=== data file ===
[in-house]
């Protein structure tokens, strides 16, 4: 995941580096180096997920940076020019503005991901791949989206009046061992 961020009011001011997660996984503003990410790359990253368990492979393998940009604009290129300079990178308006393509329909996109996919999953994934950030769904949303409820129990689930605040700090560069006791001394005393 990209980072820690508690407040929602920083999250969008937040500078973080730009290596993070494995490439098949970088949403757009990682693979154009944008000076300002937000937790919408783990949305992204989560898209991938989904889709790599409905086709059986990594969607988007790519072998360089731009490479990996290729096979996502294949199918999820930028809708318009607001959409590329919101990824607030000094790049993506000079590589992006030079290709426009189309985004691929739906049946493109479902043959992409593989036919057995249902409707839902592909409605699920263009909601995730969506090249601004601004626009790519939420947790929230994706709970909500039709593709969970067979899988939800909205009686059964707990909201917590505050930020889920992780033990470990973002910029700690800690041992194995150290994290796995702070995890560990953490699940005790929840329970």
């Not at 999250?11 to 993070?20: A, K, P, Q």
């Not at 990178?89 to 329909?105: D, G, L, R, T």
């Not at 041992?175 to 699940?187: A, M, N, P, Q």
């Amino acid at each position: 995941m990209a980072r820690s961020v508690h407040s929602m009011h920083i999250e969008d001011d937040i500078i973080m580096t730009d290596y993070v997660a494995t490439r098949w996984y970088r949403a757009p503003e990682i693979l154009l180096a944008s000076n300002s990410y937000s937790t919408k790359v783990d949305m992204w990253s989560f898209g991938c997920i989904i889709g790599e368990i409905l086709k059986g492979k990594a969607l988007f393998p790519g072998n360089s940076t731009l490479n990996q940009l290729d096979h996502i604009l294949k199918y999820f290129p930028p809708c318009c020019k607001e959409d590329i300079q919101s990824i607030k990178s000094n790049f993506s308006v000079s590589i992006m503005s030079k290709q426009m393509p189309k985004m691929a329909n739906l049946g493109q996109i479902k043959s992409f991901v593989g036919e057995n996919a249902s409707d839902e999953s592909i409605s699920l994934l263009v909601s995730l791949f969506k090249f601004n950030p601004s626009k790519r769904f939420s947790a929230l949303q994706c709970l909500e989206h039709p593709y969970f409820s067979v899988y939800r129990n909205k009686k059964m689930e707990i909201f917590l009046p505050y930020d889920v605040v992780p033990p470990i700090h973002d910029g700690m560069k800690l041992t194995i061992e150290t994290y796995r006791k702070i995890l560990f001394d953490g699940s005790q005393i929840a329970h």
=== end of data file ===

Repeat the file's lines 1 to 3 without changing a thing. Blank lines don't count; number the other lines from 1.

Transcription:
[in-house]
């Protein structure tokens, strides 16, 4: 995941580096180096997920940076020019503005991901791949989206009046061992 961020009011001011997660996984503003990410790359990253368990492979393998940009604009290129300079990178308006393509329909996109996919999953994934950030769904949303409820129990689930605040700090560069006791001394005393 990209980072820690508690407040929602920083999250969008937040500078973080730009290596993070494995490439098949970088949403757009990682693979154009944008000076300002937000937790919408783990949305992204989560898209991938989904889709790599409905086709059986990594969607988007790519072998360089731009490479990996290729096979996502294949199918999820930028809708318009607001959409590329919101990824607030000094790049993506000079590589992006030079290709426009189309985004691929739906049946493109479902043959992409593989036919057995249902409707839902592909409605699920263009909601995730969506090249601004601004626009790519939420947790929230994706709970909500039709593709969970067979899988939800909205009686059964707990909201917590505050930020889920992780033990470990973002910029700690800690041992194995150290994290796995702070995890560990953490699940005790929840329970």
């Not at 999250?11 to 993070?20: A, K, P, Q």